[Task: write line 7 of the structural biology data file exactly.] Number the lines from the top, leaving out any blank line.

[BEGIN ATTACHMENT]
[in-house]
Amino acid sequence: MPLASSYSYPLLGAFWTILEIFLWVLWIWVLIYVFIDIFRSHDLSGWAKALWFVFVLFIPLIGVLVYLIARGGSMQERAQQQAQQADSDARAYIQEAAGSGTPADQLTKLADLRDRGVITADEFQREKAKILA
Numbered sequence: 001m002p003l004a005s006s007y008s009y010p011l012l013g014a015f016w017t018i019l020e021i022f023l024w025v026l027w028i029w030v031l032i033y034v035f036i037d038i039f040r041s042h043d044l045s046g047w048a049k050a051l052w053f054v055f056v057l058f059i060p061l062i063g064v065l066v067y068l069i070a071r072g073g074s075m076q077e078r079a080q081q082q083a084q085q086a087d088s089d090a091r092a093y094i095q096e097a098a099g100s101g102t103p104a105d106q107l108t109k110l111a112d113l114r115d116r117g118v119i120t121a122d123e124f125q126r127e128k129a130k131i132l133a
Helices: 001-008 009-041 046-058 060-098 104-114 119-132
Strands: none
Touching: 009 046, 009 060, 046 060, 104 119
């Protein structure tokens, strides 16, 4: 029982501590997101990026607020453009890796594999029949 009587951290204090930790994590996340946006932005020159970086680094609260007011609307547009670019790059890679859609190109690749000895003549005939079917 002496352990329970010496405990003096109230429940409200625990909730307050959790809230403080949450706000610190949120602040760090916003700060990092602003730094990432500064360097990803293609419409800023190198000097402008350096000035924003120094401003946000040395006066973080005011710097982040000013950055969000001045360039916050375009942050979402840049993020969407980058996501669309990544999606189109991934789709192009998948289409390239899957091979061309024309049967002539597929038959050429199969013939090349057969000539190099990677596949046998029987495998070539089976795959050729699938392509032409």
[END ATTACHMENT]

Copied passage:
């Protein structure tokens, strides 16, 4: 029982501590997101990026607020453009890796594999029949 009587951290204090930790994590996340946006932005020159970086680094609260007011609307547009670019790059890679859609190109690749000895003549005939079917 002496352990329970010496405990003096109230429940409200625990909730307050959790809230403080949450706000610190949120602040760090916003700060990092602003730094990432500064360097990803293609419409800023190198000097402008350096000035924003120094401003946000040395006066973080005011710097982040000013950055969000001045360039916050375009942050979402840049993020969407980058996501669309990544999606189109991934789709192009998948289409390239899957091979061309024309049967002539597929038959050429199969013939090349057969000539190099990677596949046998029987495998070539089976795959050729699938392509032409």